Examining the mythic foundations of our epistemic frames of reference, including the further myths that are produced in the process, is clearly one positive outcome of such an excavation project. Scholars such as Burton Mack harken us back to the call of the critic, to that impulse inherent not just in the biblical historical-critical enterprise but in the broader aims of engaged critical scholarship in academia and in the public sphere.
The critic is one who exposes the humanity of ideas, who shatters the illusions of innocence not for the sake of sadistic enjoyment but for the high calling of ethics, an orientation towards making the world a more transparent place by exposing the many illusions upon which it has been built.
To be sure, early Christian texts and social histories are not the root of all the world's evil, and perhaps Mack can be faulted for his failure to expand upon his ideas and critique the study of religion more systematically. What we learn from Mack in this moment, though, is that the work of the critic is never over and every radically engaged thinker like Mack ought to expect the not-so-innocent myths of their own work to be exposed by another who would come after them. Every act of losing innocence results in the generation of a new myth of purity, and for that reason the study of religion is necessarily constituted by moments of rebirth and death, of baptism by water and fire, on the fairground and after the circus leaves town.
Mack's brilliant and controversial A Myth of Innocence: Mark and Christian Origins occurs toward the end of the book and, indeed, reflects its central thesis. It is an observation that completely changed my own orientation not simply to the Gospel of Mark, but toward the ancient Jesus movements as a whole, and it continues to guide my work now. Having offered a survey of the Jesus movements up to the time of Mark, including a reconstruction of the historical Jesus, an analysis of Q, an approach to various streams of oral tradition, and finally an extended examination of the Gospel of Mark itself, Mack concludes: It is now possible to emphasize that Mark's accomplishment was an authorial, intellectual achievement.
It was created by effort, intellectual effort, and it is marked by conscious authorial intention. Mark was a scholar. A reader of texts and a writer of texts. Mark's Gospel was not the product of divine revelation. It was not a pious transmission of revered tradition. It was composed at a desk in a scholar's study lined with texts and open to discourse with other intellectuals. Such a claim forced me to rethink everything I thought I knew about, every approach I might have taken to, the origins of Christianity, and is more radical in its implications than some of the book's other, more famous contentions.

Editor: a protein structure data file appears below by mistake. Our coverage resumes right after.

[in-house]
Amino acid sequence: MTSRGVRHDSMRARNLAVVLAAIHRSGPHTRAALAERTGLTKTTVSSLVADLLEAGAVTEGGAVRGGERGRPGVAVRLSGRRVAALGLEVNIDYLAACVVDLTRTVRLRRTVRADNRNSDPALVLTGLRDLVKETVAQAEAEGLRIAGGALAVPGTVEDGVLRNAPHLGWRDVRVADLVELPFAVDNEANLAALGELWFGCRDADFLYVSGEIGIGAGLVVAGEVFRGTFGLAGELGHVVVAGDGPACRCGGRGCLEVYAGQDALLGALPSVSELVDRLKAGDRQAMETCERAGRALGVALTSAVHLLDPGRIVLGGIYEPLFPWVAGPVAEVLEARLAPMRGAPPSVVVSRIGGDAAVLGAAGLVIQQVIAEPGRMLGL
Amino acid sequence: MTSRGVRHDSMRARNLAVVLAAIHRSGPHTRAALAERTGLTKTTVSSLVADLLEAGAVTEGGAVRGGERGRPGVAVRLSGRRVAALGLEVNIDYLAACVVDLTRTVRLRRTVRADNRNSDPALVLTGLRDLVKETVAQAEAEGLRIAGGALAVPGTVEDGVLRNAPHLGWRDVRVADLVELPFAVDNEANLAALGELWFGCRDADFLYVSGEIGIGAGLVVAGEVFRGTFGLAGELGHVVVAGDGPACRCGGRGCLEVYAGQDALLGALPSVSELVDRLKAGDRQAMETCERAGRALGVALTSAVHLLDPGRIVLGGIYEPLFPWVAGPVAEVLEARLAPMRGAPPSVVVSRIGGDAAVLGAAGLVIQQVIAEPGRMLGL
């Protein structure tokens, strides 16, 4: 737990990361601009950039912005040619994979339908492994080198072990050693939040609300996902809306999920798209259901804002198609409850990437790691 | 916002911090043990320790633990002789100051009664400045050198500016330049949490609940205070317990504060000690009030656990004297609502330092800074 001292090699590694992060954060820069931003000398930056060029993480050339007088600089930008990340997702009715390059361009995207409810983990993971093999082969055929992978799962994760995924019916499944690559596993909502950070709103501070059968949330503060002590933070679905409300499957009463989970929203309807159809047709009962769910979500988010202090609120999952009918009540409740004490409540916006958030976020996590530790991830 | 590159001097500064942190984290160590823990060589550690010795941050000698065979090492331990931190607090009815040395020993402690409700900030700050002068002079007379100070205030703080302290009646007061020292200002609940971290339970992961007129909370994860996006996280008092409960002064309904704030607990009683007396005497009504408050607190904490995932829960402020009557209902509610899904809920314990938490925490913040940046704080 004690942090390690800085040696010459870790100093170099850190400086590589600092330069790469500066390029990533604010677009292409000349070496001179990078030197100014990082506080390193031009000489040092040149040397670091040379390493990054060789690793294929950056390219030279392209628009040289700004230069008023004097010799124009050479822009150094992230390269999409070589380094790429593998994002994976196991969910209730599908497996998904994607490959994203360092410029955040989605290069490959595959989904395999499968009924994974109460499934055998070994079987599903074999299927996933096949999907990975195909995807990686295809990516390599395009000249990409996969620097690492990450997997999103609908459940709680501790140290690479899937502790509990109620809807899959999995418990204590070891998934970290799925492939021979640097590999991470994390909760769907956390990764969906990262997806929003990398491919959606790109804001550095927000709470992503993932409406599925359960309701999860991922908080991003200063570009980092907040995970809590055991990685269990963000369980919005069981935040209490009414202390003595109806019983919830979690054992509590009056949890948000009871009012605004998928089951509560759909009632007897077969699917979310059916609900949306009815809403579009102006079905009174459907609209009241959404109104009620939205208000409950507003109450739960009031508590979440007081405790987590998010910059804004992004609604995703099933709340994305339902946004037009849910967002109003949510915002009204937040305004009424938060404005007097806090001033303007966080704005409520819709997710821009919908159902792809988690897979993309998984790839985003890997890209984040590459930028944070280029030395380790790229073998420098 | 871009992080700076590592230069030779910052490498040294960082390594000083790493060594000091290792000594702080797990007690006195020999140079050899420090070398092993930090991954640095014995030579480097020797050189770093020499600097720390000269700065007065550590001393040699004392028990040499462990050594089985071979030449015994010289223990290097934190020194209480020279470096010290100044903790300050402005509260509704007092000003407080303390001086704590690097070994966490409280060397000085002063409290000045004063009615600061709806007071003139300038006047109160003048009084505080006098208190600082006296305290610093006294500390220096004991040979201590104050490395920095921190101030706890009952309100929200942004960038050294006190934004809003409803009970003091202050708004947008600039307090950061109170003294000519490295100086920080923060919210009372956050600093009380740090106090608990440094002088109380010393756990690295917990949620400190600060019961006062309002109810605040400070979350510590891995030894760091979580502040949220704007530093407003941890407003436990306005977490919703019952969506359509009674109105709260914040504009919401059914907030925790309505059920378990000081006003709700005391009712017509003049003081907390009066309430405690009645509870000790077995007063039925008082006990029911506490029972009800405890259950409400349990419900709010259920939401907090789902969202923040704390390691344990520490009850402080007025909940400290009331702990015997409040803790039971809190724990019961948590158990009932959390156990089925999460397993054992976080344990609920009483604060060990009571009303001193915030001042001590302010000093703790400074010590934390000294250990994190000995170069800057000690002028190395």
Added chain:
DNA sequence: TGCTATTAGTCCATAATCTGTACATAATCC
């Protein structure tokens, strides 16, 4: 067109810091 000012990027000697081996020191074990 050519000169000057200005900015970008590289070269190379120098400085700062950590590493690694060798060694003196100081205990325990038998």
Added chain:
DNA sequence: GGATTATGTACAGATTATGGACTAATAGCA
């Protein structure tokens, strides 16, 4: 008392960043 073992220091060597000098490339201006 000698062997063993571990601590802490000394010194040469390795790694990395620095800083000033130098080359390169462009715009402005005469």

Not that those other contentions were uncontroversial! Indeed, so contentious—and important—were the subsidiary claims leading up to the book's earth-shaking thesis that I suspect many people did not make it that far, and perhaps did not realize that A Myth of Innocence was, at least nominally, a book about the Gospel of Mark. Indeed, it is likely that many even of those who did read the book in its entirety did not necessarily conclude as I did that its thesis on Mark was actually the most dramatic and, in hindsight, influential claim of this dramatic and influential book.
The biggest distraction was of course that enormous red flag that Mack waved in the faces of maddened bulls: the nearly unthinkable notion that the historical Jesus could be best understood by comparison to Cynic philosophers. This claim, taking up about nine pages 65—74 in a volume of pages, is often still what Mack's name evokes, almost to the point of being a shibboleth. And it is crucial to remember, as so few of his detractors do, that Mack's endeavor on this point was indeed a comparative one.
Mack never claimed that Jesus was a Cynic; he claimed that Jesus's form of anti-conventional behavior was comparable to that of Cynics. And there was so much more to scandalize and inspire, still on points other than the central work on the Gospel of Mark itself. Mack argued, and indeed demonstrated, for example, with his extended analysis of developments prefatory to the Gospel of Mark, that there was no single Jesus movement or primitive Christianity: there were various and sundry different ways of using Jesus to think with ; and Mack went on to describe those quite different approaches essentially independently of one another, leading to the insight that we can think about Christian origins in terms of variety and diversity rather than uniformity of either behavior or ideology.
Most notable here—and enduring in terms of subsequent scholarship—is the identification of two contemporary forms of social behavior that have since proved to be extremely important for understanding the earliest followers of Jesus: schools and meal groups.